Posted by bordalix Thu, 23 Feb 2006 18:47:00 GMT
Everyone is talking about the patent granted by the US Patent Office to Balthaser, covering "methods, systems and processes for the design and creation of rich-media applications via the Internet." A lot of FUD is going on, with people saying that AJAX, Java and even Flash will need to be licensed in the near future.
So, I decided to read the patent, and it's not that bad: the usage of rich-media applications is not covered under this patent. Instead, what Balthaser is patenting is a hosted application which enables normal people to build rich-media websites (or applications), there is, a rich-media website, that previously demanded designers, flash programmers and coders, can now be accomplished by anyone.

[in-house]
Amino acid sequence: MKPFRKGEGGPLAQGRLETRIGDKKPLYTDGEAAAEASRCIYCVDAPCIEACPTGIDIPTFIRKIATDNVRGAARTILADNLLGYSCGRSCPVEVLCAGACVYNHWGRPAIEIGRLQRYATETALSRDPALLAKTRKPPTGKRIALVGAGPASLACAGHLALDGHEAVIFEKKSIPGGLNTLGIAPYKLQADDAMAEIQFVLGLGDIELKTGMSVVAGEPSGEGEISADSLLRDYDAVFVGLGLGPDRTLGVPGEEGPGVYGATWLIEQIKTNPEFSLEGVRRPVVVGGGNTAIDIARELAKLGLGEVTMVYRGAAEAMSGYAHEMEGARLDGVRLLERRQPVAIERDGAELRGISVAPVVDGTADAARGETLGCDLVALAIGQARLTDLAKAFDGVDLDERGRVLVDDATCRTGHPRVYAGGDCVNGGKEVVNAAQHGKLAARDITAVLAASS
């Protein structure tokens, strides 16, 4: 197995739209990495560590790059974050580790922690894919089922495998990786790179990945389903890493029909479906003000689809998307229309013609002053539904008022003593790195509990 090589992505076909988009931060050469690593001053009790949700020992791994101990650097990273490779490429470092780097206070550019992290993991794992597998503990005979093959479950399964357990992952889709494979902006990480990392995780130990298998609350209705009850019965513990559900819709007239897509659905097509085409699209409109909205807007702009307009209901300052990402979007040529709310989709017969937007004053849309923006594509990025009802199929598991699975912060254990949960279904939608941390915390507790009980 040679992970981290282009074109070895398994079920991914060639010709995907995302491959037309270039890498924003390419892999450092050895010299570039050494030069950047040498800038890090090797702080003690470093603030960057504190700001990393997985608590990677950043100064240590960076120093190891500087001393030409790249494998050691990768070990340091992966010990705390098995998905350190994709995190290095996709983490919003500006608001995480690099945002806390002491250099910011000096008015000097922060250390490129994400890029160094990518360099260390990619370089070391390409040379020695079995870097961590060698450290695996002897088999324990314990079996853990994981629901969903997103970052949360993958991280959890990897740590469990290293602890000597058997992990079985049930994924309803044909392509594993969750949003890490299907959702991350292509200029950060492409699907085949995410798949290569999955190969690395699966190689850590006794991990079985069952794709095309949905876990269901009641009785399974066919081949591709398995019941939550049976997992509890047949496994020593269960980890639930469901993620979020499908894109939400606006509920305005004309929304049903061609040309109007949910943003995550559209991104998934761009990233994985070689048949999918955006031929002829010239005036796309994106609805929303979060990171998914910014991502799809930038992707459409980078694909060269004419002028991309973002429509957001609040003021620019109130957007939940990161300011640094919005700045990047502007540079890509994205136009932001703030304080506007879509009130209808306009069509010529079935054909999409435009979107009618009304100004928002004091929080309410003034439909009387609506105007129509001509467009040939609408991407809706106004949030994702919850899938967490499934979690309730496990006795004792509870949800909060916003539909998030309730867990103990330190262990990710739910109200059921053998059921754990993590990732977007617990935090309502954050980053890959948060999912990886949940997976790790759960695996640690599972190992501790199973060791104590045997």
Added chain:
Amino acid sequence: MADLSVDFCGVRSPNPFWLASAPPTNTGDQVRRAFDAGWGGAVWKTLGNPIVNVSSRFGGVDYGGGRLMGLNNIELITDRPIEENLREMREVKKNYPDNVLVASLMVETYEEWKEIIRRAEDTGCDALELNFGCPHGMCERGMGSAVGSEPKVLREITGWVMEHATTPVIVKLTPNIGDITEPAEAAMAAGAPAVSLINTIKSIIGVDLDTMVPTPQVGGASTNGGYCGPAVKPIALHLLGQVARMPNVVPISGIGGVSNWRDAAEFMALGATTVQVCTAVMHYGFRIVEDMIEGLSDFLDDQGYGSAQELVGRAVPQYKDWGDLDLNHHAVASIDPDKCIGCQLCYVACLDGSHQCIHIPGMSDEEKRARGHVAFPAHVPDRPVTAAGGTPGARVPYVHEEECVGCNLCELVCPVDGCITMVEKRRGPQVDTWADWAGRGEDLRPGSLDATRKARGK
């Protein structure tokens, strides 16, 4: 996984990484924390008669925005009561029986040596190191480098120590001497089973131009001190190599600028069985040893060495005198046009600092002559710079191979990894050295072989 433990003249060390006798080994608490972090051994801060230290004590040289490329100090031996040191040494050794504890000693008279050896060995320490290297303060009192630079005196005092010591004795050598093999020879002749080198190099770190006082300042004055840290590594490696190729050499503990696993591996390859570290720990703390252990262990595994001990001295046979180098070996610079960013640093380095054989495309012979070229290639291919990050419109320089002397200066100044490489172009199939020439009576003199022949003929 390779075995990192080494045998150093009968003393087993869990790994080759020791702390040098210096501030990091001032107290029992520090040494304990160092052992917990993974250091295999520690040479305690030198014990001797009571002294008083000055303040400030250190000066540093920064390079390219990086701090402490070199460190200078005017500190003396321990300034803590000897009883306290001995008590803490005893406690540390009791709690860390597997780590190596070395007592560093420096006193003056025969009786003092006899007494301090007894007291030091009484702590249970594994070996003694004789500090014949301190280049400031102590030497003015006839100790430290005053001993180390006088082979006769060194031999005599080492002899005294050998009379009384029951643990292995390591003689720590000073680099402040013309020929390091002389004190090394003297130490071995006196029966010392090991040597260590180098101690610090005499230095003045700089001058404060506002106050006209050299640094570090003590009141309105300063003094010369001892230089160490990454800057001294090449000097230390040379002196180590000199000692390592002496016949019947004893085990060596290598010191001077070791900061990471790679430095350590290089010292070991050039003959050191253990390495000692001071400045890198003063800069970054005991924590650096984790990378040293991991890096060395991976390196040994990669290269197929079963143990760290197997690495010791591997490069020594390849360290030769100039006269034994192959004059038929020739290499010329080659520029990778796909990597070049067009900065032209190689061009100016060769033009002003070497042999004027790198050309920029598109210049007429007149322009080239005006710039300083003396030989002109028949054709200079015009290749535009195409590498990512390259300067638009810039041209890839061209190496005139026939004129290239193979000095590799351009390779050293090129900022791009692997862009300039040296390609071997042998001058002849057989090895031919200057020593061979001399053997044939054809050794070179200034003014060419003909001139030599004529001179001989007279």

So, Balthaser is defending is own tool, pro:FX. The thing is, isn't this patent to broad? What is the definition of "rich-media application"?
In the same day, Google launched is new service, Page Creator, a website that enables you to create your own website, with the easiness and simplicity we know from Google. And after a peek to the Page Creator interface, my first question was: "Is this under the Balthaser patent?".
If is considered that Google (and others) must license this kind of technology to Balthaser, than we have just created a strong break on innovation, and I strongly believe that is not the objective of patents. They exist to encourage innovation, by protecting intellectual property, not for some guy to decide that put a Dreamweaver on the web is innovation. That was too damn obvious to be considered as an inventive idea.
I just hope someone get is senses, meanwhile, I'm happy to live in Europe.